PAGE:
30 March : Sierra de María

Gawd, where does the time go? 'When you're retired you'll have lots of free time,' someone said. Wrong! There seems to be less and less and being domesticated, shopping and walking my canine monster and other distractions into which I shall not enter take their toll of time. I haven't even got the photos and report of Dave and Gilly's trip to Morocco done as I had vainly hoped. And now another from Dave!
Before putting that in, here in Torremolinos we had a big entry of Common Swifts on 26 March and on 27, in my own garden here, 2 Redstarts, one a smashing male, plus a female Black Redstart but she's been around all winter, and also a Spotted Flycatcher. On 28 March, at the third attempt, I managed to see the 1W Franklin's Gull that has been hanging around La Caleta de Vélez (in the east of the province,one earlier fruitless trip giving a Great White Egret flying along the shore line! I'm not sure if it was a twitch or not as it's only ten minutes from my girlfriend's, more or less on the doorstep. On 29 March, going in towards Málaga, a Honey Buzzard flew in front of the car between Plaza Mayor and Decathlon. Tomorrow, I am down at Tarifa and beyond to La Janda with Ron, as although he has been studying the North Yorkshire Honey Buzzards for over 30 years, he's never seen one in Spain, so we live in hope, especially as a Rüppell's Vulture was seen to fly in today.
And a last bit before I forget. There were 'plenty' of Citril Finches at the Puerto de la Ragua (Almería/Granada border) earlier this week, an elusive Dupont's Lark was heard at Las Almoladeras (Almería). Which is why I am now on with Dave's report if the visit.
Spring has sprung. The sun was shining and there was a slight breeze as Gilly and I headed to the Sierra de Maria. As we approached the town we saw a male Blue Rock Thrush atop a telegraph pole and a Woodchat Shrike on a power line. Gilly thought she might have seen a Spotted Flycatcher as well. We met up with 11 other members at the Repsol Garage cafe, including Ann, Trevor, Jen and Phil who'd spotted a Booted Eagle on their way in. House Martins were making nests under the garage canopy.  After a coffee we made our way to the chapel where Kevin had spent the night in his camper van being "serenaded" by a nearby Scops Owl. Les immediately saw a Corn Bunting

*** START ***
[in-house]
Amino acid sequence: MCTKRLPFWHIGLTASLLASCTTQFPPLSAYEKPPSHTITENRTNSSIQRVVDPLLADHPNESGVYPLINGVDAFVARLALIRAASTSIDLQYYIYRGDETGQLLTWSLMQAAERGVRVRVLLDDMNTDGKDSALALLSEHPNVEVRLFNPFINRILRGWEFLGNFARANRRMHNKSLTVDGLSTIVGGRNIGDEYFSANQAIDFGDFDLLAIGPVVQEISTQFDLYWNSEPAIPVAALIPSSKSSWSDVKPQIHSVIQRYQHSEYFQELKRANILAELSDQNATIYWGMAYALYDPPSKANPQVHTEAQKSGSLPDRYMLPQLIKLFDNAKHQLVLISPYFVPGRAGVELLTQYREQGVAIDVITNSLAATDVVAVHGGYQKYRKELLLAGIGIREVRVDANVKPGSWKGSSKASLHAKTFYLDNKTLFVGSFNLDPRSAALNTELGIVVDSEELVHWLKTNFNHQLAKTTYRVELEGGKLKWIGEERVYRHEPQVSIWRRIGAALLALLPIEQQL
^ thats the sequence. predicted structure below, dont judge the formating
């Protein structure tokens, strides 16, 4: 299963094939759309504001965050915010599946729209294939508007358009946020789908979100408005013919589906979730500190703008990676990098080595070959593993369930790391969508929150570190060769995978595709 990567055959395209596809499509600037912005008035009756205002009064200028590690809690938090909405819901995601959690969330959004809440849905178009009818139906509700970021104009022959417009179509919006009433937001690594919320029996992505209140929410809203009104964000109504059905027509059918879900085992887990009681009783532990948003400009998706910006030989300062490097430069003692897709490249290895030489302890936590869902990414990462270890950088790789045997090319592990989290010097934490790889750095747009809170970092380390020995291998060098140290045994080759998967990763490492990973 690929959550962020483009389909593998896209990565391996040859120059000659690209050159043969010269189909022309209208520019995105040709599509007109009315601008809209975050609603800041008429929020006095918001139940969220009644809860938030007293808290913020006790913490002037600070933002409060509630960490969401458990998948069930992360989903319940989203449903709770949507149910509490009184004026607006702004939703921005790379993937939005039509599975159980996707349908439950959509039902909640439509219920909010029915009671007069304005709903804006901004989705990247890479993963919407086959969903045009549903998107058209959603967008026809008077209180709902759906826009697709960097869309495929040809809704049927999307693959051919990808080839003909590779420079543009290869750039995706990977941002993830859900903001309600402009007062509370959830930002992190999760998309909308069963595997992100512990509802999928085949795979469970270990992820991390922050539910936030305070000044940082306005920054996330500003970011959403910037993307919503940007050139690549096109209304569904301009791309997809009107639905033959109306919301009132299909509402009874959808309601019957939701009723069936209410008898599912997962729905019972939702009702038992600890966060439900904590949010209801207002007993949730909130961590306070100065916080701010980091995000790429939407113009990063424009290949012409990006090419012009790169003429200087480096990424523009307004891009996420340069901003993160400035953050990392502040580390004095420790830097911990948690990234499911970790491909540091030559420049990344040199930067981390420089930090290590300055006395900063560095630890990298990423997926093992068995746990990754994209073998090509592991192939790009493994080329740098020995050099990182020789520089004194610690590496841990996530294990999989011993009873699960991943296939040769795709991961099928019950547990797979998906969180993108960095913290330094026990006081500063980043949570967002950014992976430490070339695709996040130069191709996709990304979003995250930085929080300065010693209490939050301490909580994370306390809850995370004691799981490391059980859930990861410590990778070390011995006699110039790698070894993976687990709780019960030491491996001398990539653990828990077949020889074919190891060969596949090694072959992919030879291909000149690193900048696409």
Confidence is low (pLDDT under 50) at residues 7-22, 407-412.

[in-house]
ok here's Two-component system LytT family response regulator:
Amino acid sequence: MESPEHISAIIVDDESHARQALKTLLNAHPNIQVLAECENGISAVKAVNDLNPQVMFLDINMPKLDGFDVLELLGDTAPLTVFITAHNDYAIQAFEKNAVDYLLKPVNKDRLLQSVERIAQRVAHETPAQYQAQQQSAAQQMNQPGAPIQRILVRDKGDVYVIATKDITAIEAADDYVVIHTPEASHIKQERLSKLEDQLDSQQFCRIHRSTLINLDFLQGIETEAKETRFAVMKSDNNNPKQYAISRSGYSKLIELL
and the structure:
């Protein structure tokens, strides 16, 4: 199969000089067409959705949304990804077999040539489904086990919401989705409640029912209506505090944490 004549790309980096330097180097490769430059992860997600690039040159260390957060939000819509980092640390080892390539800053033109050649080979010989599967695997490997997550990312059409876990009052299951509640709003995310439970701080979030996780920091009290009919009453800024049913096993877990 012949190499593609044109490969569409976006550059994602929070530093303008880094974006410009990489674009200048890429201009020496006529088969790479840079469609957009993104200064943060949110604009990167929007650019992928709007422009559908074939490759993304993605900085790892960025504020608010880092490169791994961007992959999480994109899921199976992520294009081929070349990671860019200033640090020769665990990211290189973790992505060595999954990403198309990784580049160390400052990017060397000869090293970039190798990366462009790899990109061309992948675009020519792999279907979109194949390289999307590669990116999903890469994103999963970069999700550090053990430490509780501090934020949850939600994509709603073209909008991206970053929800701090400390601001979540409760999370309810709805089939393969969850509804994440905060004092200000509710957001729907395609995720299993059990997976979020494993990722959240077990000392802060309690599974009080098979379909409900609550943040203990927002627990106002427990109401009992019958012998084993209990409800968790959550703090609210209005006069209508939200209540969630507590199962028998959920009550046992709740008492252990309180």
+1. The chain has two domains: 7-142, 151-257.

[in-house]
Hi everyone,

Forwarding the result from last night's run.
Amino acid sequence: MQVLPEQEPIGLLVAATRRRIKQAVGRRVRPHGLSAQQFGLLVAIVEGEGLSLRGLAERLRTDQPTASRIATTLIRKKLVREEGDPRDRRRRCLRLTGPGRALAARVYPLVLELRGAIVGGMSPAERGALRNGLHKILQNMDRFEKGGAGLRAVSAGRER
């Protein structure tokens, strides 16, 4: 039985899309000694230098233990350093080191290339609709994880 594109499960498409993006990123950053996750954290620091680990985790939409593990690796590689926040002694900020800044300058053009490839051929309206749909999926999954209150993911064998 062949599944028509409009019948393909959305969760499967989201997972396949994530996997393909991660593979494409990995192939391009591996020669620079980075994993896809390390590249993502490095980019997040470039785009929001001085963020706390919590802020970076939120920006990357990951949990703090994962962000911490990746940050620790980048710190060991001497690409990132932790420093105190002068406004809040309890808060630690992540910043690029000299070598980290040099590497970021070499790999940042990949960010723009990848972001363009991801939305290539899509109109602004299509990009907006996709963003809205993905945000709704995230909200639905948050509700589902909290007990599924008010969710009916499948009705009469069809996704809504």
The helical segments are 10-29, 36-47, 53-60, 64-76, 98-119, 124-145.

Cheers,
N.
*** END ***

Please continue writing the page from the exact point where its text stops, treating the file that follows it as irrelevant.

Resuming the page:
Over by the trough in the tall poplar tree there were some feeding Serins and a male Blackcap. Blue Tits were also observed. Heading up to the Botanical Gardens, nothing was seen until we arrived there. There we had Coal Tit, Great Tit and a Jay. Gilly, Adrian and Les hung around there hearing Great Spotted Woodpecker and Carrion Crow. They also had a Crested Tit. The rest of us carried onto the low walk. We added Long-tailed Tit, Cirl and Rock Buntings before we split from the intrepid John, Charlie Roger and his grandson, Theo who did the medium walk. They added Robin and Short-toed Treecreeper to the list. We all met up at the information centre before returning to the vehicles. John spotted a Red-rumped Swallow as we left.
We made our way to the farm buildings where Les first spotted a Rock Sparrow and then some Mistle Thrushes. I happened to look up and saw our first Griffon Vulture of the day. Another 5 arrived soon after. Kev had a Hoopoe and Trevor spotted a Raven.
Moving to the farm yard trough further down the road, I found a male Black-eared Wheatear, first of the year, on a distant chimney stack. Another male and a female were seen. Another Raven started to circle above us and I also spotted a pair of distant Red-billed Choughs identified by their wide wings.
We then convoyed slowly along the plain straight. We added Short-toed Lark and a pair of Little Owls. At the hamlet there were at least 4 Lesser Kestrels. John was first to spot the Northern Wheatear atop a barn's roof. John and Les combined to track down a Linnet. On the way back to the La Piza forest cafe I had a probable Calandra Lark perched on a speed limit sign. We ate our lunch observing Crossbill, Chaffinch and various titmice drinking from the small pool.
We had hoped to have seen a few migrant warblers but alas no. We ended up with 45 species. Lovely location, birding and company.

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